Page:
A team of scientists has made a huge breakthrough in quantum computing by using two silicon transistors that act as quantum bits. These tiny transistors can perform various calculations much faster than ordinary silicon transistors, paving the way for the new generation of quantum computing.
This state of the art technology is currently very expensive because of the exotic materials, very cold superconductors, used in order to function properly. Conventional computers use binary language (0s and 1s) and bits for communicating and storing information. Quantum computing is using qubits, which can take 0 and 1 values but also both at the same time. In doing so, they can minimize the time needed for any calculations.
The team of scientists from the University of New South Wales, in Sidney, Australia has achieved quantum computing by developing a device that uses two qubits on a silicon substratum making practical quantum computing a reality. The team’s device is practically two modified silicon based transistors that have just one electron associated with it. The two work together as two quantum units or qubits.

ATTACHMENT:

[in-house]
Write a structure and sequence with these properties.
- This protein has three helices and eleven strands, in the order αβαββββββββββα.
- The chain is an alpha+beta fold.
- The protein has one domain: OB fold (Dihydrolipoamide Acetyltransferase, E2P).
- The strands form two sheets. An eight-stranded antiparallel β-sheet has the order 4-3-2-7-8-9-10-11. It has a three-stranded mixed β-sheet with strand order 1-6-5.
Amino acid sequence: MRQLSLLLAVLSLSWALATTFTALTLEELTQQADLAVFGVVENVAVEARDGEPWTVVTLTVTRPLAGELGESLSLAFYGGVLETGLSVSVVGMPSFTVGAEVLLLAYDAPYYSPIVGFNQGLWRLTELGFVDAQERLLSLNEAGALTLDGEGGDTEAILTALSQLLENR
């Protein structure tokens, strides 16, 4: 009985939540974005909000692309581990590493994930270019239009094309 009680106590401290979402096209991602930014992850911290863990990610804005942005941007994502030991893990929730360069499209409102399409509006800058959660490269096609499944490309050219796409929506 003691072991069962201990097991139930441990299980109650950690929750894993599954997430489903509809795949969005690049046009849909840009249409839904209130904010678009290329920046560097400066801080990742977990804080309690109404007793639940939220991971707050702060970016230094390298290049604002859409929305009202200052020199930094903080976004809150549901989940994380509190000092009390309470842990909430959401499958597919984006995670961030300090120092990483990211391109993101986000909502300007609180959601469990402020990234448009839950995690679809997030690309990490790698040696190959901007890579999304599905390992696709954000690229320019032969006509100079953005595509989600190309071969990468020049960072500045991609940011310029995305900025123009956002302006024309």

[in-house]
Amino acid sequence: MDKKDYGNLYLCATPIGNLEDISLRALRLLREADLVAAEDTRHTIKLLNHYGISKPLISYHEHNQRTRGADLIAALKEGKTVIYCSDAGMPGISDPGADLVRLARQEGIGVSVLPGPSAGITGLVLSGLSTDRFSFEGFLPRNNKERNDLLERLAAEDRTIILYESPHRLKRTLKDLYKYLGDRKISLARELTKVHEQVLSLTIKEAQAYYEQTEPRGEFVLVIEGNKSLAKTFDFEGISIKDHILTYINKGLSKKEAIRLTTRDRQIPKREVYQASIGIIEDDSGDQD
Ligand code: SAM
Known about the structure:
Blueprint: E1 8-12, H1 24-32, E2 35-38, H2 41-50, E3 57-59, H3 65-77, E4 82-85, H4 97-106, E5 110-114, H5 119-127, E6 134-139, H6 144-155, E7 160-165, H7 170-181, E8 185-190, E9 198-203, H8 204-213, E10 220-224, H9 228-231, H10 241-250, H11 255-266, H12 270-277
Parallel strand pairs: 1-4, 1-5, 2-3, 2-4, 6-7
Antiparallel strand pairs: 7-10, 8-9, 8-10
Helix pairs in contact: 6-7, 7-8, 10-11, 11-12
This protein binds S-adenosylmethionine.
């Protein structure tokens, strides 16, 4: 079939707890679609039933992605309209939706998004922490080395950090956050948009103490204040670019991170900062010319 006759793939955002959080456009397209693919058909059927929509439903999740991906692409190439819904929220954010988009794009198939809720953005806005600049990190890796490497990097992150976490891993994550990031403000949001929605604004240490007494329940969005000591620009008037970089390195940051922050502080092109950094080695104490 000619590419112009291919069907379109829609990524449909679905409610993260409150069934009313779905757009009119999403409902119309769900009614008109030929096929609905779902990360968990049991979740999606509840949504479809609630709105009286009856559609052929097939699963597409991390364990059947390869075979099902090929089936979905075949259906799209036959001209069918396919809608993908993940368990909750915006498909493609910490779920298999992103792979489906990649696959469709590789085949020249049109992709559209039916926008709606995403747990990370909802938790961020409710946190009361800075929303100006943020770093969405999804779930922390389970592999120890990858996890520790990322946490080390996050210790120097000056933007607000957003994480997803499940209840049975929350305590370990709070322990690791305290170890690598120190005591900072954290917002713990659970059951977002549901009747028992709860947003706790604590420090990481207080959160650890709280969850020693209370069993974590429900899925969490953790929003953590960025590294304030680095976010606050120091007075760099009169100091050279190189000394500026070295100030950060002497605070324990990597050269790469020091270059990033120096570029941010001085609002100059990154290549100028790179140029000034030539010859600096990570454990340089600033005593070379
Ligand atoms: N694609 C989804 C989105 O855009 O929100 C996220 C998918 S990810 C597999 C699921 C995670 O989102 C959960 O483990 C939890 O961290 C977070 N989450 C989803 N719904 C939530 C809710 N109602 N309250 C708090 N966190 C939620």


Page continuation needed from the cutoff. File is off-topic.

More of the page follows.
“The logic qubit state is encoded on the spin of a single electron,” said Andrew Dzurak, lead scientist of the research. The two electrons can be controlled through logic gate operations in order to spin in different directions. By creating sequences of gates you can achieve more complex calculations. “A key breakthrough was finding that we could address each qubit independently, just by controlling the voltage on a metal gate electrode above it. That really simplifies operation of both one- and two-qubit logic,” added Dzurak.
There is still more tinkering to be done before we can buy a quantum computing device, but the day when we’ll see this isn’t far at all. The team is working with chip manufacturers in order to make a large-scale quantum microchip. “The lessons learned from that stage… would determine exactly how much longer it would be to produce a chip that would have solve problems that outperform existing computers,” concluded Dzurak.